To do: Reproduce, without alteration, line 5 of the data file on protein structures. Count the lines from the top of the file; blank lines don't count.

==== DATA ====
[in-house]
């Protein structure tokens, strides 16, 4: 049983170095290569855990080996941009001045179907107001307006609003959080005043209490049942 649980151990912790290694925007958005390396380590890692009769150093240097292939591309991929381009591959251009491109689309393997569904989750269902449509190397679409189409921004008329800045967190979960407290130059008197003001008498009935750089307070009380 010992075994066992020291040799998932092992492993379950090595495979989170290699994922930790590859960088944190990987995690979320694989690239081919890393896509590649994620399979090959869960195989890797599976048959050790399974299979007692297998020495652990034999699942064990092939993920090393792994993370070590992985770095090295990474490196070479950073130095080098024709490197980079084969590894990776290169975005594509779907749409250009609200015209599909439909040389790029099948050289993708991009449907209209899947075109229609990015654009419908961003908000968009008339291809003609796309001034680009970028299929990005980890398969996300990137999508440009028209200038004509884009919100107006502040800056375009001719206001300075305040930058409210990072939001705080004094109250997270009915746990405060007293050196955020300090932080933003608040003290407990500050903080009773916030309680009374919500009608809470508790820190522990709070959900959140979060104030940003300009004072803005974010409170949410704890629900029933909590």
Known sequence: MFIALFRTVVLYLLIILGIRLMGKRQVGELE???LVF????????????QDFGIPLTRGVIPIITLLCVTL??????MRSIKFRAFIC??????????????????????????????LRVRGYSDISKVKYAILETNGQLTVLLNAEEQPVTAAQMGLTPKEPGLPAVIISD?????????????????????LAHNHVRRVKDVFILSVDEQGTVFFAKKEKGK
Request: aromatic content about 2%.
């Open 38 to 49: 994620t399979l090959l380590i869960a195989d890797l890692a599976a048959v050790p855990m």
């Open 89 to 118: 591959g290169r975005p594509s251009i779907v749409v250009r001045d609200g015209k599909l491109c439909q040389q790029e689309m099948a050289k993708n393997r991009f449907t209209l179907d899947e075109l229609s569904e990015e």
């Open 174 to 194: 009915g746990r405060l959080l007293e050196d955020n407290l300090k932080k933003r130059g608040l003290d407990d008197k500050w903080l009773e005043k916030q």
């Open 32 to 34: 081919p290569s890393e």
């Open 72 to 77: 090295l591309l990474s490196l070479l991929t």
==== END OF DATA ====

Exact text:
């Open 38 to 49: 994620t399979l090959l380590i869960a195989d890797l890692a599976a048959v050790p855990m």